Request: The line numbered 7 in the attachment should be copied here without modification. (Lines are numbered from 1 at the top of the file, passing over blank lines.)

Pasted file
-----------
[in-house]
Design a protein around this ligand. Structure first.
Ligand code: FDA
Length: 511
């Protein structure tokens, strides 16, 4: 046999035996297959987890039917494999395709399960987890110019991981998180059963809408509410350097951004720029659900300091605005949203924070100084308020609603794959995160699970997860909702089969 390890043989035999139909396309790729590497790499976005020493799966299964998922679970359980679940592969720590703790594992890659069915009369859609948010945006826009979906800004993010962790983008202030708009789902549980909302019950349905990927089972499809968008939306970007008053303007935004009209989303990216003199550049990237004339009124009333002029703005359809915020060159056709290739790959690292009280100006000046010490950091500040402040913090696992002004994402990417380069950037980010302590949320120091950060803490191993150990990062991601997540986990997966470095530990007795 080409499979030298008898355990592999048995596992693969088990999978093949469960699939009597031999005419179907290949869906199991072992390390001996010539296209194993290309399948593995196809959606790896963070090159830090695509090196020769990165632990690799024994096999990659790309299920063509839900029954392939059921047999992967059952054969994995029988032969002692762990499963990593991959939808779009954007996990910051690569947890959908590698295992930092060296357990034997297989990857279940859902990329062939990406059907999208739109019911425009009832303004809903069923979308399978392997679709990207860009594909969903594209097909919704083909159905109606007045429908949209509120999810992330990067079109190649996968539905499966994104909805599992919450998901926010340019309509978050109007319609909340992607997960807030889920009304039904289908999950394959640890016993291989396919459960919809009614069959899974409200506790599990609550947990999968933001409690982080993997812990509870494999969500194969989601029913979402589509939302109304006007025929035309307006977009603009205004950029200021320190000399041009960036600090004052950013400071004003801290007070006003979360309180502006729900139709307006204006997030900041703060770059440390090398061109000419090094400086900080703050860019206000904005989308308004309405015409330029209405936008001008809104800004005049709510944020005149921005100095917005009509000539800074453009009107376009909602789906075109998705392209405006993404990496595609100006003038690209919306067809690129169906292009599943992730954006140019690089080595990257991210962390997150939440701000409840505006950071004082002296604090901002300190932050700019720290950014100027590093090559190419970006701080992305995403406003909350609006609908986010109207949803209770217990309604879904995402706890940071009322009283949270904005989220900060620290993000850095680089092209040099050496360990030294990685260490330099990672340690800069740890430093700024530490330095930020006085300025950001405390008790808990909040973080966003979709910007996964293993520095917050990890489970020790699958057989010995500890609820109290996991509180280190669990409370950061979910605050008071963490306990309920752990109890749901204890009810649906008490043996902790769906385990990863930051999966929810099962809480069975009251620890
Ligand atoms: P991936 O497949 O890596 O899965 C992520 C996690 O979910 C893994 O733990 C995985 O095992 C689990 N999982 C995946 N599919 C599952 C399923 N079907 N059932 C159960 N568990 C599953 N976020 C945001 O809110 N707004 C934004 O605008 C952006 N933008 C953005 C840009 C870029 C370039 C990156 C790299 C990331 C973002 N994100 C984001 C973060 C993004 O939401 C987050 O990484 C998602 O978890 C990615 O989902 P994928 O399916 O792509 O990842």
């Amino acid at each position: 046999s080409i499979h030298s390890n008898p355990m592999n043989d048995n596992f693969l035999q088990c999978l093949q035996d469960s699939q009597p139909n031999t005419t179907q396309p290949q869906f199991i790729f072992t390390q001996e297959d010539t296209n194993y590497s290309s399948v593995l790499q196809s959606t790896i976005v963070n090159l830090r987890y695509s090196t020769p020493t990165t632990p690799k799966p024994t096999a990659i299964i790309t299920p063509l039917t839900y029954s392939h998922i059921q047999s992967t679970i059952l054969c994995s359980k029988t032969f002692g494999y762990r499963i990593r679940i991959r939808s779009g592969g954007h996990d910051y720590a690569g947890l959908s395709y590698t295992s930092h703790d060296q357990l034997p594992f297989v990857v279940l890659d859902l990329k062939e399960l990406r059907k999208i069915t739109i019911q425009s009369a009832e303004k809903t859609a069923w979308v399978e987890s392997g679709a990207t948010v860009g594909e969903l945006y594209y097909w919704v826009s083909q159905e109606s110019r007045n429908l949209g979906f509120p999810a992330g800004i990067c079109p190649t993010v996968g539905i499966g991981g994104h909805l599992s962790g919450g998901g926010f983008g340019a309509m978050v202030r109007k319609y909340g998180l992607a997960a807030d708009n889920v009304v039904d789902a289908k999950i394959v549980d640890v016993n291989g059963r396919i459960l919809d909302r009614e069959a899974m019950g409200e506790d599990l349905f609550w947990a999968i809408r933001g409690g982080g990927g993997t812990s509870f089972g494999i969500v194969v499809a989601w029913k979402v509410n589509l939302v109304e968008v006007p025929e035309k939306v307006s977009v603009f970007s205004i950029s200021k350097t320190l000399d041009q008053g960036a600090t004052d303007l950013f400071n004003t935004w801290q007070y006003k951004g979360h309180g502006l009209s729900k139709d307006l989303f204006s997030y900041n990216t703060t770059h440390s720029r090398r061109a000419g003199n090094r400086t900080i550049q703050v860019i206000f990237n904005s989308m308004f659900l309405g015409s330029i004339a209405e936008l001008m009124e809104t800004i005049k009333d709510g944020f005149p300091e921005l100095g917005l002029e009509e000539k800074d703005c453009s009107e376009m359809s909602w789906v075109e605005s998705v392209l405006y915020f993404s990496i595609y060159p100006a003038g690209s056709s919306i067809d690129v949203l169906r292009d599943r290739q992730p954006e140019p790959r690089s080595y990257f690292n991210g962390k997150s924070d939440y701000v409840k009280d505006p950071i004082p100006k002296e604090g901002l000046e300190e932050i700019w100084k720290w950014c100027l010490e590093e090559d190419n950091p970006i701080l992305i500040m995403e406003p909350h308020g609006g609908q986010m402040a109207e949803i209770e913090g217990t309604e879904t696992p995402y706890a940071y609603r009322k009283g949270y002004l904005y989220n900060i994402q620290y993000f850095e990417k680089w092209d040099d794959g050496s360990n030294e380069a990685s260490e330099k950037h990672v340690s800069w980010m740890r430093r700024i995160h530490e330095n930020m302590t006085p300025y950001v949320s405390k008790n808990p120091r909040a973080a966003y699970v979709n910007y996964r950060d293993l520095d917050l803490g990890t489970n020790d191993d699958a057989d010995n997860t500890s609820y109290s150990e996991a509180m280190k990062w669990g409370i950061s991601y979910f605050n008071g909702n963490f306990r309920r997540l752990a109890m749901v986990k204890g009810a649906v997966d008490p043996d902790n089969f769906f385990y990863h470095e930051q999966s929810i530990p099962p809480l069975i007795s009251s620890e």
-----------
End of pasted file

């Amino acid at each position: 046999s080409i499979h030298s390890n008898p355990m592999n043989d048995n596992f693969l035999q088990c999978l093949q035996d469960s699939q009597p139909n031999t005419t179907q396309p290949q869906f199991i790729f072992t390390q001996e297959d010539t296209n194993y590497s290309s399948v593995l790499q196809s959606t790896i976005v963070n090159l830090r987890y695509s090196t020769p020493t990165t632990p690799k799966p024994t096999a990659i299964i790309t299920p063509l039917t839900y029954s392939h998922i059921q047999s992967t679970i059952l054969c994995s359980k029988t032969f002692g494999y762990r499963i990593r679940i991959r939808s779009g592969g954007h996990d910051y720590a690569g947890l959908s395709y590698t295992s930092h703790d060296q357990l034997p594992f297989v990857v279940l890659d859902l990329k062939e399960l990406r059907k999208i069915t739109i019911q425009s009369a009832e303004k809903t859609a069923w979308v399978e987890s392997g679709a990207t948010v860009g594909e969903l945006y594209y097909w919704v826009s083909q159905e109606s110019r007045n429908l949209g979906f509120p999810a992330g800004i990067c079109p190649t993010v996968g539905i499966g991981g994104h909805l599992s962790g919450g998901g926010f983008g340019a309509m978050v202030r109007k319609y909340g998180l992607a997960a807030d708009n889920v009304v039904d789902a289908k999950i394959v549980d640890v016993n291989g059963r396919i459960l919809d909302r009614e069959a899974m019950g409200e506790d599990l349905f609550w947990a999968i809408r933001g409690g982080g990927g993997t812990s509870f089972g494999i969500v194969v499809a989601w029913k979402v509410n589509l939302v109304e968008v006007p025929e035309k939306v307006s977009v603009f970007s205004i950029s200021k350097t320190l000399d041009q008053g960036a600090t004052d303007l950013f400071n004003t935004w801290q007070y006003k951004g979360h309180g502006l009209s729900k139709d307006l989303f204006s997030y900041n990216t703060t770059h440390s720029r090398r061109a000419g003199n090094r400086t900080i550049q703050v860019i206000f990237n904005s989308m308004f659900l309405g015409s330029i004339a209405e936008l001008m009124e809104t800004i005049k009333d709510g944020f005149p300091e921005l100095g917005l002029e009509e000539k800074d703005c453009s009107e376009m359809s909602w789906v075109e605005s998705v392209l405006y915020f993404s990496i595609y060159p100006a003038g690209s056709s919306i067809d690129v949203l169906r292009d599943r290739q992730p954006e140019p790959r690089s080595y990257f690292n991210g962390k997150s924070d939440y701000v409840k009280d505006p950071i004082p100006k002296e604090g901002l000046e300190e932050i700019w100084k720290w950014c100027l010490e590093e090559d190419n950091p970006i701080l992305i500040m995403e406003p909350h308020g609006g609908q986010m402040a109207e949803i209770e913090g217990t309604e879904t696992p995402y706890a940071y609603r009322k009283g949270y002004l904005y989220n900060i994402q620290y993000f850095e990417k680089w092209d040099d794959g050496s360990n030294e380069a990685s260490e330099k950037h990672v340690s800069w980010m740890r430093r700024i995160h530490e330095n930020m302590t006085p300025y950001v949320s405390k008790n808990p120091r909040a973080a966003y699970v979709n910007y996964r950060d293993l520095d917050l803490g990890t489970n020790d191993d699958a057989d010995n997860t500890s609820y109290s150990e996991a509180m280190k990062w669990g409370i950061s991601y979910f605050n008071g909702n963490f306990r309920r997540l752990a109890m749901v986990k204890g009810a649906v997966d008490p043996d902790n089969f769906f385990y990863h470095e930051q999966s929810i530990p099962p809480l069975i007795s009251s620890e």